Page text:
Review: The Lost Girls

Three young women quit their jobs to travel the world.

The book records the journey of three friends – Jen, Holly, and Amanda – as they take a one-year journey around the world.  Yes,  these three young women quit their jobsgood jobs! – to backpack, hike, volunteer, and yoga their way through three continents.  And they had an amazing time and learned so much about themselves and the world.  Life-changing doesn’t even begin to cover it.  So, yes – inspirational.

It was easy to connect with this book.  First of all, the ladies are all journalists that worked for magazines or other media so the writing is fun and accessible.  Second, they lived out a fantasy that most of us only dream about – leaving the pressure of day-to-day to go on an adventure.  And third, I read it during a cold snap in February and everywhere they went (except Vietnam) was warm.

The “Lost Girls” also did a great job of explaining exactly how they got the funds, made plans and delt with setbacks, an essential to any travel writing.  It also allows the reader greater connection because she is thinking “Wow, I can totally do this.  It wouldn’t be easy, but it is possible.”  My main quibble is that we only see their experience in the Masaai village in the prologue, so the Kenya section seems truncated (I actually had to double check that my nook wasn’t missing a section).  I love how they admit to the hard times, the disagreements and frustrations right along with the amazing, once-in-a-lifetime experiences like meeting a nun in Laos to get her secret herbal cure recipes.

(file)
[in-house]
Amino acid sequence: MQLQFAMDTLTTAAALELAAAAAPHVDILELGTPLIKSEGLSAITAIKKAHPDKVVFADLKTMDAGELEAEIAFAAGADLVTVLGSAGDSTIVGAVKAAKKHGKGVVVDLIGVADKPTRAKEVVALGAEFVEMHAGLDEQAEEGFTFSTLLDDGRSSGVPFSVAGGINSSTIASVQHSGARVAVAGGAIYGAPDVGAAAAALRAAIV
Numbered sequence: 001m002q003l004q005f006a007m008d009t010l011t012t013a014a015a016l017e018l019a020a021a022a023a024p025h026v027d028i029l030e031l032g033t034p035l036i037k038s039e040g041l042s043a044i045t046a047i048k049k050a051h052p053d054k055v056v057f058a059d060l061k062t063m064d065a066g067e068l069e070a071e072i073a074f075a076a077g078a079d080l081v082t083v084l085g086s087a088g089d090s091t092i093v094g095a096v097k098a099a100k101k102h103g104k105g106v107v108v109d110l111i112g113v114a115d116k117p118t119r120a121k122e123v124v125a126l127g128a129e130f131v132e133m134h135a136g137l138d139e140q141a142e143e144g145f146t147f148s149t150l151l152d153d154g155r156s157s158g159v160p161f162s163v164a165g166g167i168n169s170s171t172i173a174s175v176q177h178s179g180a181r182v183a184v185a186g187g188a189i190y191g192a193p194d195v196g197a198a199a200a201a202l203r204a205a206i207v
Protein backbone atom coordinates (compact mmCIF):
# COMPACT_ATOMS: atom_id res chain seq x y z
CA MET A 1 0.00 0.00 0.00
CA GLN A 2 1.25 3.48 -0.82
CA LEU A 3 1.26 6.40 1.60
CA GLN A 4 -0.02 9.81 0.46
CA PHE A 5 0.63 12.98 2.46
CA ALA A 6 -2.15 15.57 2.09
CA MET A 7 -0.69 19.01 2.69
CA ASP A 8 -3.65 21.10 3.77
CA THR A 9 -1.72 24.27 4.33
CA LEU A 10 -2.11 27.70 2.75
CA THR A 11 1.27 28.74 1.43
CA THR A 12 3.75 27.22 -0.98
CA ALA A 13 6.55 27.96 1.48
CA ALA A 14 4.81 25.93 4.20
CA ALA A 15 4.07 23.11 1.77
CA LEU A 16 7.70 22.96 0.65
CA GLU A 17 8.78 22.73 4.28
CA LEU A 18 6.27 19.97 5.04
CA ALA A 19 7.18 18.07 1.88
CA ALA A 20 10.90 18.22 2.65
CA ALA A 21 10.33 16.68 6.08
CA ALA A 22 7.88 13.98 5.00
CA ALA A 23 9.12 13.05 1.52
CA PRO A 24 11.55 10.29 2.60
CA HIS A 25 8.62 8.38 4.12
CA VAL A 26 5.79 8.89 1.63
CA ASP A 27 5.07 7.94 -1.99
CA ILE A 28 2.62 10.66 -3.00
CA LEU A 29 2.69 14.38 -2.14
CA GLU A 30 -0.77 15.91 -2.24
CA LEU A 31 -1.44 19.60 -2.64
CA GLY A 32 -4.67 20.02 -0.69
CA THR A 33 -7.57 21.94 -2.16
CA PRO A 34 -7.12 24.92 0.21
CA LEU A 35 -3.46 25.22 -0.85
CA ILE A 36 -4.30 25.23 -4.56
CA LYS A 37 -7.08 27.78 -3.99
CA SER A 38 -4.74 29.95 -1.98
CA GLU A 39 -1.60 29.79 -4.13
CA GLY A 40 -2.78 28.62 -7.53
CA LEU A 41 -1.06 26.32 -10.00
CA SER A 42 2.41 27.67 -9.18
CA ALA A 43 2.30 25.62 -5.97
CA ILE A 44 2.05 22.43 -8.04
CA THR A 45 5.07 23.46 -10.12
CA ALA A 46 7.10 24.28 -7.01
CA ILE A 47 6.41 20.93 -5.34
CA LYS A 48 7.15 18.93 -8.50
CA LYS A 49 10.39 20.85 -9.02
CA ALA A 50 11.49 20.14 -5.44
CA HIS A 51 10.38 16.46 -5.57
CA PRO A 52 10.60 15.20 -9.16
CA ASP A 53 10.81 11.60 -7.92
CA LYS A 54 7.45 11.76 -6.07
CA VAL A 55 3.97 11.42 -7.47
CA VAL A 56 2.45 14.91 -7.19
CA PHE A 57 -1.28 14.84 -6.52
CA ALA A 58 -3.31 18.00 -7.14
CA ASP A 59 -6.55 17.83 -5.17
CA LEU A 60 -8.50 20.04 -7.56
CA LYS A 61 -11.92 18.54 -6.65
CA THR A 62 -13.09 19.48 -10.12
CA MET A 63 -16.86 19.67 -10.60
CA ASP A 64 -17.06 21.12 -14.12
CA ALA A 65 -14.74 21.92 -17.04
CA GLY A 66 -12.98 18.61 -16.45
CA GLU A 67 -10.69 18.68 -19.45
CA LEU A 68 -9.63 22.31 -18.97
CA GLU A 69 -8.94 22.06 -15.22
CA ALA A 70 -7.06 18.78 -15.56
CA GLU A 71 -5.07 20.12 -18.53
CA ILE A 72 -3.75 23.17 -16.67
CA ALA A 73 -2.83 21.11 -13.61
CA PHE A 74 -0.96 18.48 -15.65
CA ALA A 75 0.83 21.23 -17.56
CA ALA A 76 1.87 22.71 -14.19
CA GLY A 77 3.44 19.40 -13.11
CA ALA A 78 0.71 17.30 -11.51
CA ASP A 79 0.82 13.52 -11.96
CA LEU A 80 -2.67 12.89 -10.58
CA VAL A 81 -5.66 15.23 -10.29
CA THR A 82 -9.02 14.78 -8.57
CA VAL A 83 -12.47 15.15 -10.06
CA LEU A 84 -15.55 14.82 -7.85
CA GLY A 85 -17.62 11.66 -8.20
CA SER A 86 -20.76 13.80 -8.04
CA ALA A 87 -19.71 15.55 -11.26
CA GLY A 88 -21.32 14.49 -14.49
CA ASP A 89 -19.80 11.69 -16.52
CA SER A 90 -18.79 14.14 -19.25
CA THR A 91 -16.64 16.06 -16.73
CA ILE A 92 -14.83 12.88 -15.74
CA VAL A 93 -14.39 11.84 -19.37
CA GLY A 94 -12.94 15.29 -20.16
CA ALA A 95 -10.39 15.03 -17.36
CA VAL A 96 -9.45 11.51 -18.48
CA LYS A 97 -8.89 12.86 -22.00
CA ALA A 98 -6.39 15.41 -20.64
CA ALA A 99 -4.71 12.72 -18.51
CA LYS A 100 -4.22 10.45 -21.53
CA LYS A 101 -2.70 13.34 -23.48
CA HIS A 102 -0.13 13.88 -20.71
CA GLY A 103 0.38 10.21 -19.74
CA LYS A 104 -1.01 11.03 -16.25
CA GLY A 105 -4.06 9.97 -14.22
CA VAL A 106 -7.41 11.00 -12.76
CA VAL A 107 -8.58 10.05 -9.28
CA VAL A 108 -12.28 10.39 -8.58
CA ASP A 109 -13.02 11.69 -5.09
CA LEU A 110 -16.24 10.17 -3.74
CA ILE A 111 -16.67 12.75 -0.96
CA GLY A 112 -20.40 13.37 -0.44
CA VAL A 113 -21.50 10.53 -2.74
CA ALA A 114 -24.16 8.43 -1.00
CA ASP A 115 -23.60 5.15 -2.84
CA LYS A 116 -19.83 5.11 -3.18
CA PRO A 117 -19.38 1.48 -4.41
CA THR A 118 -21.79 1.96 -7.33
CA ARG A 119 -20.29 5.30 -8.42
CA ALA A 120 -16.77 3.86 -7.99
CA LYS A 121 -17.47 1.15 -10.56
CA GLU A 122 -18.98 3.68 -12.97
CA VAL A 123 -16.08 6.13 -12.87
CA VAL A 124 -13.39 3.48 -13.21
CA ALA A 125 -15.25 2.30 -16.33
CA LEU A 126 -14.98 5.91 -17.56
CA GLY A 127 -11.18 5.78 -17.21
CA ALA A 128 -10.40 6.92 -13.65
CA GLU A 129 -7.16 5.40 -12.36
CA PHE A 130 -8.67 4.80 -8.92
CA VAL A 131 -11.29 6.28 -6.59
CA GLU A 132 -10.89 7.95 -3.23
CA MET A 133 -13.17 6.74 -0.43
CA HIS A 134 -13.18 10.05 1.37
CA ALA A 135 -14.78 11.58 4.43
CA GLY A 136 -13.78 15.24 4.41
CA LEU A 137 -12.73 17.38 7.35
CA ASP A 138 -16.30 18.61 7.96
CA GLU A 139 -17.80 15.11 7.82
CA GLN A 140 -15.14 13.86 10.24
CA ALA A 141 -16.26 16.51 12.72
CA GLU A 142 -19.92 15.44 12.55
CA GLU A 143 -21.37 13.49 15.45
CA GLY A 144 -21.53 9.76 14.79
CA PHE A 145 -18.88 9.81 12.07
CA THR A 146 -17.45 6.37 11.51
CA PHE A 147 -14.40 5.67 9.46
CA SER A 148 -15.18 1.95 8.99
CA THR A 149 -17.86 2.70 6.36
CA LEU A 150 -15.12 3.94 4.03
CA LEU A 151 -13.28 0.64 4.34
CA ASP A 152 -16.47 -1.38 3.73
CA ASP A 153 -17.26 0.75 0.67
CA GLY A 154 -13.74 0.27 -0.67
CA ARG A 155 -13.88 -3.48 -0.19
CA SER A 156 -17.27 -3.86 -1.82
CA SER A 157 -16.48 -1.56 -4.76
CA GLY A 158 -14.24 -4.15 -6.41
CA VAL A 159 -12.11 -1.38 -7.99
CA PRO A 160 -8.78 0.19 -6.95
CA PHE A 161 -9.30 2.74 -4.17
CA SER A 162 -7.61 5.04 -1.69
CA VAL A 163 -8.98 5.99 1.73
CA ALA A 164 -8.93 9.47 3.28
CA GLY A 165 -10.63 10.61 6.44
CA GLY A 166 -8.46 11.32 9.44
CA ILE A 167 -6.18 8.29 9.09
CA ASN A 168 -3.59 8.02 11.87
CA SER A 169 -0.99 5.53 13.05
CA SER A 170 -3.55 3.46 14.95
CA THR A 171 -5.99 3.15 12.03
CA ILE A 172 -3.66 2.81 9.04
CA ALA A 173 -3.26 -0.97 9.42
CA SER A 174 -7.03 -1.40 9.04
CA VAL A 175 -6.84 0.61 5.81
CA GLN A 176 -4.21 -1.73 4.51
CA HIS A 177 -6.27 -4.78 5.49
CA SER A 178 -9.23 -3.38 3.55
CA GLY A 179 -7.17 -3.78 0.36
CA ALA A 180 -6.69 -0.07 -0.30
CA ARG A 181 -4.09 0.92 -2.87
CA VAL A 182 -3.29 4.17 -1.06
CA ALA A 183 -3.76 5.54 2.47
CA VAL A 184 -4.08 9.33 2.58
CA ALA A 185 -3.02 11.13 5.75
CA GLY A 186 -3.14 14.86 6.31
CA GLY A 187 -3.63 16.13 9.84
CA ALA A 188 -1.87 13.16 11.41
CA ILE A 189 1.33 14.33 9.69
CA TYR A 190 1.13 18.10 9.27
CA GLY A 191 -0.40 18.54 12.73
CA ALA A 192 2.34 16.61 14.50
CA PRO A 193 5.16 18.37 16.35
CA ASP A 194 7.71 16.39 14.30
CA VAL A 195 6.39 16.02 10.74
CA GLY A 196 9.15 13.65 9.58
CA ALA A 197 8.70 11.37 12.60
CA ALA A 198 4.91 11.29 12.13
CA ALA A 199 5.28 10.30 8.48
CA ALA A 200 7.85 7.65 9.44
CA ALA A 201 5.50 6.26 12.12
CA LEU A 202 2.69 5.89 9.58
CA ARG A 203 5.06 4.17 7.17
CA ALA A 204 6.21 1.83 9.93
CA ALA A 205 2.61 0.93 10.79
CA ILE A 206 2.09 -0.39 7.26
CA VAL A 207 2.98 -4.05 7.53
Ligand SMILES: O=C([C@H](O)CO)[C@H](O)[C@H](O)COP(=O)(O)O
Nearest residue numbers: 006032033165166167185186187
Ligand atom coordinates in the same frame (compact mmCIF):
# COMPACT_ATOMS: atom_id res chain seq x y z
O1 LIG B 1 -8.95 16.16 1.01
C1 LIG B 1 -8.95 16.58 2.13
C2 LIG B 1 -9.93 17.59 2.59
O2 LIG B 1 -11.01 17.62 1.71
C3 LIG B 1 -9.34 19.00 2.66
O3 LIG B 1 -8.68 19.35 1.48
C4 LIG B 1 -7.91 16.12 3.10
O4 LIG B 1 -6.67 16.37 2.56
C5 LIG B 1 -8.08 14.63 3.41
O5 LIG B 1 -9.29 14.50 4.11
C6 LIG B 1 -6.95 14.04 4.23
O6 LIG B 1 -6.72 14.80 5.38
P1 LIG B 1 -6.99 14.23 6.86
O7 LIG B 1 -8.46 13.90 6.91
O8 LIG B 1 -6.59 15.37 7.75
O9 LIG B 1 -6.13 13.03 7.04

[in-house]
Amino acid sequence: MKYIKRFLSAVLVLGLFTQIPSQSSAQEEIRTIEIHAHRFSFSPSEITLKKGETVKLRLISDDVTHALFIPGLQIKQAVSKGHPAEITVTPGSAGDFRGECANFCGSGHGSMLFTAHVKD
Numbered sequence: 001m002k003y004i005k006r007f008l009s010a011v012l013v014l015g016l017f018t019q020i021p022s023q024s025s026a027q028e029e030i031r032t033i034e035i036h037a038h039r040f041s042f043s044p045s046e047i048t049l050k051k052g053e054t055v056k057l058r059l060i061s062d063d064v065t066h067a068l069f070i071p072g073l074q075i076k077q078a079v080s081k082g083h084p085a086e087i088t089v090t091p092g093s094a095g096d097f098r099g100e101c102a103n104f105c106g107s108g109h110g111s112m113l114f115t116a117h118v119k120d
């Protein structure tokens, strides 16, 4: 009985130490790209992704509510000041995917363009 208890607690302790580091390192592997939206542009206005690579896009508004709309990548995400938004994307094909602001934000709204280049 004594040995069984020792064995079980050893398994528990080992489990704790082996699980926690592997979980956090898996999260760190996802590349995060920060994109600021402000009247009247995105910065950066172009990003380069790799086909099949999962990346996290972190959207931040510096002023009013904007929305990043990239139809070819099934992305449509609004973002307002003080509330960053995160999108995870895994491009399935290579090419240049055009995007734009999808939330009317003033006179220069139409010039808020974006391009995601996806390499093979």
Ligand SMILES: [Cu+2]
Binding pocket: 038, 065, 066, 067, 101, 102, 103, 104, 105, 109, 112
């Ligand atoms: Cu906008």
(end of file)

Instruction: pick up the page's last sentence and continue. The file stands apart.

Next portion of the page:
Overall, a great book.  I highly recommend it, particularly to the travel-hungry.  Be forewarned, though – you might just start planning your own round the world trip!

Musings: Historical Fiction Vs. Non-Fiction History

Is historical fiction more interesting than non-fiction history?

I’ve always been a history buff.  My favorite time period has long been World War II, mostly because I have always wanted to know what drives people to treat others in such an awful way.  (This motivation is probably the reasoning behind my career choice of international development as well.)  The problem is that the vast majority of non-fiction history books are so dry they put me to sleep within pages.